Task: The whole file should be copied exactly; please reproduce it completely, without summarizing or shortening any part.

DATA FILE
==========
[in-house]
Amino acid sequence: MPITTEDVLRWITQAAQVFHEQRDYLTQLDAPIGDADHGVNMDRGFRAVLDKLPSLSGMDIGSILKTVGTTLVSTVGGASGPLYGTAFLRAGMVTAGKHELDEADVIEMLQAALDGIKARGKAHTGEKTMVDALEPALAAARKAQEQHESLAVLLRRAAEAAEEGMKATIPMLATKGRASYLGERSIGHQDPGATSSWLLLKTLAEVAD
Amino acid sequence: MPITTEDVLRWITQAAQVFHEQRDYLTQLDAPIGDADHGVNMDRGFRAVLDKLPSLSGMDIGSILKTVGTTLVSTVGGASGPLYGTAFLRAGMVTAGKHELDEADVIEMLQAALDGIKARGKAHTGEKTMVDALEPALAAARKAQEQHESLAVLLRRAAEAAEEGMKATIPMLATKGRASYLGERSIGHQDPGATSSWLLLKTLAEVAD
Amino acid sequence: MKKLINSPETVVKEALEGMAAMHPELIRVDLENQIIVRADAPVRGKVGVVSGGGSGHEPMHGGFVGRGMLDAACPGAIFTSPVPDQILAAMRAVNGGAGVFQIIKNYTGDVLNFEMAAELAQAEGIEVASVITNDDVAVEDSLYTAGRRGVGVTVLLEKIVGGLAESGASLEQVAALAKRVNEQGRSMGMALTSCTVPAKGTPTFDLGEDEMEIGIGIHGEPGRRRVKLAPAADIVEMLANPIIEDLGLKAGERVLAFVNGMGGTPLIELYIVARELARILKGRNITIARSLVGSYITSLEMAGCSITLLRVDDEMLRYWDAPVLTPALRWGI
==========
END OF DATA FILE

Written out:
[in-house]
Amino acid sequence: MPITTEDVLRWITQAAQVFHEQRDYLTQLDAPIGDADHGVNMDRGFRAVLDKLPSLSGMDIGSILKTVGTTLVSTVGGASGPLYGTAFLRAGMVTAGKHELDEADVIEMLQAALDGIKARGKAHTGEKTMVDALEPALAAARKAQEQHESLAVLLRRAAEAAEEGMKATIPMLATKGRASYLGERSIGHQDPGATSSWLLLKTLAEVAD
Amino acid sequence: MPITTEDVLRWITQAAQVFHEQRDYLTQLDAPIGDADHGVNMDRGFRAVLDKLPSLSGMDIGSILKTVGTTLVSTVGGASGPLYGTAFLRAGMVTAGKHELDEADVIEMLQAALDGIKARGKAHTGEKTMVDALEPALAAARKAQEQHESLAVLLRRAAEAAEEGMKATIPMLATKGRASYLGERSIGHQDPGATSSWLLLKTLAEVAD
Amino acid sequence: MKKLINSPETVVKEALEGMAAMHPELIRVDLENQIIVRADAPVRGKVGVVSGGGSGHEPMHGGFVGRGMLDAACPGAIFTSPVPDQILAAMRAVNGGAGVFQIIKNYTGDVLNFEMAAELAQAEGIEVASVITNDDVAVEDSLYTAGRRGVGVTVLLEKIVGGLAESGASLEQVAALAKRVNEQGRSMGMALTSCTVPAKGTPTFDLGEDEMEIGIGIHGEPGRRRVKLAPAADIVEMLANPIIEDLGLKAGERVLAFVNGMGGTPLIELYIVARELARILKGRNITIARSLVGSYITSLEMAGCSITLLRVDDEMLRYWDAPVLTPALRWGI